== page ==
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March 29, 2012

The Best Films of Okamoto Kihachi

Okamoto Kihachi (1924-2005;岡本喜八) was born in Yonago, attended Meiji University in Tokyo, and then was drafted for the war in 1943, during the most hellish phase of the struggle. Wanting to become a film director, in 1947 he entered the Toho studios and worked as assistant for Naruse Mikio, Makino Masahiro and others. Okamoto debuted with a film of his own in 1958 and made 40 films during his lifetime. For about half of them, he wrote the scripts himself. He worked in various genres, but became most famous for his period films and his war films, both characterized by over the top violence and a cynical outlook. His earliest films were mainly noirish, hard-boiled gangster movies. His first notable film was Desperado Outpost (1959), a black comedy about the absurdities of war.

Okamoto's international reputation rests on the period films he made in the 1960s. These include the nihilistic Sword of Doom, the severe Samurai Assassin, the humorous, "spaghetti Western" Kill! and The Red Lion, a film showing that authority always ends up exploiting the weak. All these films are intensely violent.

His later films were less succesful and include some curious hybrids as Dixieland Daimyo (1986) about a group of black slaves who have drifted to Japan, and East Meets West (1995), about a samurai sent to the U.S. to prevent the signing of a treaty between both countries.

Okamoto Kihachi worked for Toho where he was constantly eclipsed by Kurosawa Akira and Kobayashi Masaki. Yet he had his own sardonic style and simple message: there is no honor in violence, he says. History is an invention of those in power. Okamoto's heroes are usually outcasts, who have rejected established social codes.

Selection of Films:
  • Desperado Outpost (Dokuritsu gurentai) (1959)
    Bitter tale of a sergeant (Sato Makoto) in Manchuria in WWII who joins a tribe of bandits after his commando has been wiped out by Chinese forces.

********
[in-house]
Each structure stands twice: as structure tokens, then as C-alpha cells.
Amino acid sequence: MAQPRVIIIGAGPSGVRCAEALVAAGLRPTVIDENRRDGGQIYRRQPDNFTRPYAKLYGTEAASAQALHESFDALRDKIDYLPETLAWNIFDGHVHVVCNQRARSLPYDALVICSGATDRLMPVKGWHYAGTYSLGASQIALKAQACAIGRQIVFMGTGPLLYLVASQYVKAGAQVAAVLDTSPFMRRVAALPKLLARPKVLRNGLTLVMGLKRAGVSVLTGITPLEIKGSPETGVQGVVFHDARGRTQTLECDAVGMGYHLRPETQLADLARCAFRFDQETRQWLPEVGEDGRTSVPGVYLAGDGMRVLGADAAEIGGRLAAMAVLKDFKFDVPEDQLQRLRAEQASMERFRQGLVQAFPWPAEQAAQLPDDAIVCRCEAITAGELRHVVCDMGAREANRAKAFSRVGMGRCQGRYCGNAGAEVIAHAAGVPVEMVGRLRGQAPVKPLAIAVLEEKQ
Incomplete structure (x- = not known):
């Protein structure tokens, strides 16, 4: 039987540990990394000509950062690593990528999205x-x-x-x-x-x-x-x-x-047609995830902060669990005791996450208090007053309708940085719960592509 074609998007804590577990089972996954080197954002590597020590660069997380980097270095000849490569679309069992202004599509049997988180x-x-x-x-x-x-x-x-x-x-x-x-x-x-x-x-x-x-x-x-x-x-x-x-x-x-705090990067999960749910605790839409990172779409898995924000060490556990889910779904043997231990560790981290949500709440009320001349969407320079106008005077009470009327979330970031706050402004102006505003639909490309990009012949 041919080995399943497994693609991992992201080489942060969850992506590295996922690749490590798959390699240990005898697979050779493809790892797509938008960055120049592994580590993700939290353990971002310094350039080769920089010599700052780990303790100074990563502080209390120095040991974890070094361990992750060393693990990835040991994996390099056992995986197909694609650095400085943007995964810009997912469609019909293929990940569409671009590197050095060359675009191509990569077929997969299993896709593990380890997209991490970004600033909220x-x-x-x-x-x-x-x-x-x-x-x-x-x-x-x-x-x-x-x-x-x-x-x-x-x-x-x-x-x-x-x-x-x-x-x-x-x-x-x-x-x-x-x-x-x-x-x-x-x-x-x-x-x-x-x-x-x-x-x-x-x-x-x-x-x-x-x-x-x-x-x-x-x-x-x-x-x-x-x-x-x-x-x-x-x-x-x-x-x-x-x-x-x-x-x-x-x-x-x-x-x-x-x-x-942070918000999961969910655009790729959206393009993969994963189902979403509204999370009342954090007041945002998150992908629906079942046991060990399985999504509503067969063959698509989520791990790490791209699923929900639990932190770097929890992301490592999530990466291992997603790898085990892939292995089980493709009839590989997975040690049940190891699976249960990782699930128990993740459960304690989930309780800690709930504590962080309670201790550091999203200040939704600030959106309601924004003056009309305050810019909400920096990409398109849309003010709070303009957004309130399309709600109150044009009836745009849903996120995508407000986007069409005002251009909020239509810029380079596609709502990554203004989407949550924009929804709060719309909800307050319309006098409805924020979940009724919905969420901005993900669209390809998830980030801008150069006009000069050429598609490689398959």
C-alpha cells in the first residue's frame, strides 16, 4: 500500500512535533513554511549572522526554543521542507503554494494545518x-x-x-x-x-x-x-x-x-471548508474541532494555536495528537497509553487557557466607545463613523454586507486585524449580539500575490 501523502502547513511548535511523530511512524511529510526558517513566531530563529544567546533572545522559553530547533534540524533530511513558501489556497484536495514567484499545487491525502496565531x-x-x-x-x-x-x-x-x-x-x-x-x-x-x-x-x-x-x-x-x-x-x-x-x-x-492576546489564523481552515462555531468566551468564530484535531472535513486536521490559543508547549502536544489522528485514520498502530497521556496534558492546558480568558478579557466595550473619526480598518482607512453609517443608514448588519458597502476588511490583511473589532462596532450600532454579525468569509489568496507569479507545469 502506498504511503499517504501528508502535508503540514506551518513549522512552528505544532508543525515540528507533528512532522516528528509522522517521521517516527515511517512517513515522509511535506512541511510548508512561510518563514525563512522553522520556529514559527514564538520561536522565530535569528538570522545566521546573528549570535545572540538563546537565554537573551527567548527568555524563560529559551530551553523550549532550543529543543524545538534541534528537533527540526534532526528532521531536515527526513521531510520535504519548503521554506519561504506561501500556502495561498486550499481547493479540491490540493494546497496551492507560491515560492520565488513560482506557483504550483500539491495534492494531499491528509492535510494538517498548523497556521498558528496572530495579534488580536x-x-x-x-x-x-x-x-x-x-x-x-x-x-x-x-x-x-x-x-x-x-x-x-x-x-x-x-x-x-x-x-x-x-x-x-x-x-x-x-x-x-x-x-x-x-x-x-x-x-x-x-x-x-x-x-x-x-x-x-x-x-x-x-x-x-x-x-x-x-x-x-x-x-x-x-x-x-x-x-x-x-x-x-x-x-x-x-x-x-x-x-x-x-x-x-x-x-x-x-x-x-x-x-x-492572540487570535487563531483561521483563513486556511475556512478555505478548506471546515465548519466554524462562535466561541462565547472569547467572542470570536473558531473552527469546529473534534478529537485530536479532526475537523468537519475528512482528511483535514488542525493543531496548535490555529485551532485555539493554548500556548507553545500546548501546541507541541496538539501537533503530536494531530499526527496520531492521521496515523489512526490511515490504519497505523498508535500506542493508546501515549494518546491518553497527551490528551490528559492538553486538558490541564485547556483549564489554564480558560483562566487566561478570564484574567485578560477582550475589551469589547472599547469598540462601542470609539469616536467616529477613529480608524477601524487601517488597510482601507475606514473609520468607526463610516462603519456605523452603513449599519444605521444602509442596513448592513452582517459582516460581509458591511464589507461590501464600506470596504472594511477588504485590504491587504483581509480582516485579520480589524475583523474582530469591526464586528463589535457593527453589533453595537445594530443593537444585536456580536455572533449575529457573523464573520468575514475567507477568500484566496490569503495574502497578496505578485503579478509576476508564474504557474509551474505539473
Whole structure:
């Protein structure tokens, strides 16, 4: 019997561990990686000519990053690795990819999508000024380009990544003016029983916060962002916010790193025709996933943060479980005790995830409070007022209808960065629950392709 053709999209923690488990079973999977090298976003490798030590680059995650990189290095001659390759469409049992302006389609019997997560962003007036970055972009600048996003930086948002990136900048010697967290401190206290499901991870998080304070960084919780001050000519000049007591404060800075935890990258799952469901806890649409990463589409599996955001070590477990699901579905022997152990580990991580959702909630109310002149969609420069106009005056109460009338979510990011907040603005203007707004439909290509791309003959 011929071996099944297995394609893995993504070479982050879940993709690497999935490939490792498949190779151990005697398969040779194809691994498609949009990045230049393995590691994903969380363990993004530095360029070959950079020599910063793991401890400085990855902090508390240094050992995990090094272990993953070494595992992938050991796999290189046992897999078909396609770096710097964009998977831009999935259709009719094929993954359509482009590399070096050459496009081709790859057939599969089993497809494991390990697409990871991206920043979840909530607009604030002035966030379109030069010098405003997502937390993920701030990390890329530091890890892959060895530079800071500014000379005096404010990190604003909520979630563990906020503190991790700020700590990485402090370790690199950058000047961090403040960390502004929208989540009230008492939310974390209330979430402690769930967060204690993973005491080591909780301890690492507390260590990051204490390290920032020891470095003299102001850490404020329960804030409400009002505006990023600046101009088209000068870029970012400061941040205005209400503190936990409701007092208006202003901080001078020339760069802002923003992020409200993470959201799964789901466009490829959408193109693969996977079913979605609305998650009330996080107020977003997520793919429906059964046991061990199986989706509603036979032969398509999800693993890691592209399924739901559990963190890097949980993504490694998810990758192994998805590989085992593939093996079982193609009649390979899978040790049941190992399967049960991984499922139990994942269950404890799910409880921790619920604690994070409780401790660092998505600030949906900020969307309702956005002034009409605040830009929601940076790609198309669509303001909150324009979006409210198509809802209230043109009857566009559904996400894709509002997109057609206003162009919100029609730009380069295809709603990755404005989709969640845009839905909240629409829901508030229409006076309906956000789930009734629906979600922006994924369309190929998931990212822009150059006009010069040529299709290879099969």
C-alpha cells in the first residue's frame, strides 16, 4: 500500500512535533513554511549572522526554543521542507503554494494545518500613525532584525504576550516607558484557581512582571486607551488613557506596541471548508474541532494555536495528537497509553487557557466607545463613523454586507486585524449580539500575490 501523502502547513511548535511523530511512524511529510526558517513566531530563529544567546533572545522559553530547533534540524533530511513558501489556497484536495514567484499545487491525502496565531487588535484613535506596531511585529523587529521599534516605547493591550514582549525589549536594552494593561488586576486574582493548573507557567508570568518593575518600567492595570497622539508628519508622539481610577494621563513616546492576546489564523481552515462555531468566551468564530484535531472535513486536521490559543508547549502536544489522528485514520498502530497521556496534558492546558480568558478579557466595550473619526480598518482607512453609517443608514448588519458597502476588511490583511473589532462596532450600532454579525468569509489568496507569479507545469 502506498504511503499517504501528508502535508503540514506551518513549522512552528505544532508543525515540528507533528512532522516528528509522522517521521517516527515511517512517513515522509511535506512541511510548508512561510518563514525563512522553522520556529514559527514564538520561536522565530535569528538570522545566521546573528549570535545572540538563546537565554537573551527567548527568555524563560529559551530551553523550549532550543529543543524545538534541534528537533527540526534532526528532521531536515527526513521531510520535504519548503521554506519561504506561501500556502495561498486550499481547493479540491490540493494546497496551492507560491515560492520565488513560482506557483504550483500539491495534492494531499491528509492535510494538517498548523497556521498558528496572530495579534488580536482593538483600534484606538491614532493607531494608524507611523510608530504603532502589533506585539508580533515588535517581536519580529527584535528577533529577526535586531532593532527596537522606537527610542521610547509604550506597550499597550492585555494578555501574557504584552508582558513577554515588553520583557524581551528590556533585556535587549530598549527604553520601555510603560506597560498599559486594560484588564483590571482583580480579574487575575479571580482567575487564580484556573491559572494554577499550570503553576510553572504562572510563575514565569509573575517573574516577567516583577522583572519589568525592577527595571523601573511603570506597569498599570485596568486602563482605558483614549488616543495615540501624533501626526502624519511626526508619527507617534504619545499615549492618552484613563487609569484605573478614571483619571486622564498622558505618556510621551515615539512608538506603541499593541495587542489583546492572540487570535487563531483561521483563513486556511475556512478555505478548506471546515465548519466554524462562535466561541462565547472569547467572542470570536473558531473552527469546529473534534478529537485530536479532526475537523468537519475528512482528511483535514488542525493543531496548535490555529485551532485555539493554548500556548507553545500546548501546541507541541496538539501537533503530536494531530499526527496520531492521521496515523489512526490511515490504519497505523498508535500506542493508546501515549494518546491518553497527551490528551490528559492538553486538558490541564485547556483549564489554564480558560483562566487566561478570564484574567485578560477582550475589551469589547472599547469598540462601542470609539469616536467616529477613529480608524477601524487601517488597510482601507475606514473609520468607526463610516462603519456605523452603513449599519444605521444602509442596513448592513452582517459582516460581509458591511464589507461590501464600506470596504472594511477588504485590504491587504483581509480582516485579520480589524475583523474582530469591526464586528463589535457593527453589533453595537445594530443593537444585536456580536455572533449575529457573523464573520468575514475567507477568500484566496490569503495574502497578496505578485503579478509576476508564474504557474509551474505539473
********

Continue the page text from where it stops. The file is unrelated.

• Samurai Assassin (Samurai) (1965) 
    Film set in the "bakumatsu period" of the 1860s, about Niiro (Mifune Toshiro), a ronin who dreams of samurai status. He falls in with a group of assassins planning to kill the shogunate's councilor, unaware that the man is his own father. 
  • The Sword of Doom (Daibosatsu Toge) (1966) 
    Nakadai Tatsuya plays a sociopath samurai who is drunken with killing and goes completely berserk. Based on the novel by Nakazato Kaizan, which was filmed several times. The abrupt ending (originally a continuation was planned) in fact fits very well. 
  • Kill! (Kiru) (1968)
    Two ronin - an ex-samurai and an ex-farmer - get caught up in a local officials' complex game of murder and betrayal. Again with Nakadai Tatsuya. 
  • Red Lion (Akage) (1969) 
    Mifune plays a peasant who dreams of glory as a warrior, again in the Bakumatsu period. He is manipulated and cheated on all sides, but what strikes the viewer is the enormous energy Mifune puts in his role. And that red wig is just great!
  • Zatoichi and Yojimbo (Zatoichi to Yojinbo) (1970) 
    Katsu Shintaro as Zatoichi and Mifune Toshiro as Yojimbo face off in one of the later installments of this popular series. Perhaps not the best, but great fun all the same. Don't watch it before first seeing Kurosawa's Yojimbo and at least one or two other installments from the long Zatoichi series, or you will lack the necessary background information..
  • Rainbow Kids (Daiyukai) (1991) 
    Three crooks kidnap the richest woman in the area, but somehow kidnappers and kidnapped seem to reverse roles in this light comedy.
  • East Meets West (1995)
    Sanada Hiroyuki as a samurai trekking through the Wild West in this genre mash-up.